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UZURV Fills The Transportation Void

BY Sande Sneade

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While Uber and Lyft have certainly been major disruptors to the transit and transportation industry, the one drawback used to be for those who lived in rural areas or the lack of dependability if you need a crack-of-dawn ride to the airport.
Not anymore. Enter UZURV, a reservation services app that allows you to reserve your ride in advance.
UZURV originated in Richmond, Virginia in 2015, but the service has quickly grown and UZURV is now in more than 155 cities across the country.

“It’s really gone viral,” Donlon said. “Part of that success is that we are investing in our drivers. They have a business card and a code they give to introduce people to UZURV. Customers get their first three rides free and the driver gets residual income – 7 percent of all future reservations just for introducing that customer to UZURV.”

Stepping outside of the convenience factor and looking to the transit dependent, UZURV is filling the void for the special needs and health care communities as well.

In December 2017, UZURV partnered with Greater Richmond Transit Company (GRTC) to coordinate and execute CARE On Demand rides (including ADA-compliant drivers and vehicles). RoundTrip is another Richmond-based start up that also partnered with GRTC to provide these rides. CARE On Demand customers can order rides online, over the phone, or with an app.

At the end of March 2018, UZURV announced a six-month pilot with Nashville MTA’s Access On Demand that gives its AccessRide customers the option to book a direct, dedicated private ride with no additional stops and just two hours’ notice.

While UZURV will no doubt continue such partnerships to fill in the missing link for transit dependent customers, “choice riders” will continue to be a focus.

UZURV CEO Matt Donlon himself continues to serve as an Uber driver so he can keep his hand on the pulse of the business. He gave former Virginia Secretary of Education Anne Holton her first UZURV ride to the train station.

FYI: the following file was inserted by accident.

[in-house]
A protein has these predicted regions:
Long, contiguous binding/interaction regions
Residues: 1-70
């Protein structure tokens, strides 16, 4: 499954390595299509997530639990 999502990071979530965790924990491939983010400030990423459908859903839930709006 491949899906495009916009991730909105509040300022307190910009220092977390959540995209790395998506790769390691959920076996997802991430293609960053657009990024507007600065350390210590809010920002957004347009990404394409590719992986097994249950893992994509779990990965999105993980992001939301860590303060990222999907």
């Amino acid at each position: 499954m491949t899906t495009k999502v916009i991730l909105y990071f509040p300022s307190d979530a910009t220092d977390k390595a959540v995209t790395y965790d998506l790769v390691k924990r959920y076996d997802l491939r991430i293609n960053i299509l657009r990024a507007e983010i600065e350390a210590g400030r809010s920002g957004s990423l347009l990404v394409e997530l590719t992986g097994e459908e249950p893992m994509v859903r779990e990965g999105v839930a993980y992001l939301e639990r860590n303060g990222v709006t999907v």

“We are most successful where Uber and Lyft don’t do well,” Donlon said.
“UZRUV does great business in ride sharing dead zones.”

UZURV only handles reservations and does not provide transportation directly. Think of it as the “Open Table” for ride reservations. After downloading the app to your smartphone, you can request a pick up date and time well in advance of your trip.

Another cool thing about UZURV is that you can select your favorite driver as well as services and amenities you are seeking in a car service – infant car seat, military base access, etc. You select the service you want to use – Uber or Lyft and the service type (size and/or luxury vehicle) and add an incentive (it automatically starts at $3; you can make it more or less). The only downside for our instant gratification-seeking selves is that you have to wait for a driver to accept the reservation and the only way you will know is by checking back on the app.

With a recent Richmond airport trip requiring a 6 a.m. departure, I wanted to ensure I didn’t have to wait 15 minutes, when I summoned my ride.

Three drivers accepted my reservation and I selected “Kristen,” had an online iPhone “chat” with her to confirm details and describe my house. The process was seamless; she was at my door before 6 a.m. and delivered me to the airport for less than $20.

The app is available for download at the Apple App Store and Google Play store. To find out more, go to https://uzurv.com/

Sande Snead frequently ubers or lyfts to local restaurants especially downtown where parking and walking in heels can add to the value of paying for a ride. She UZURVs for early morning airport departures or destinations further afield.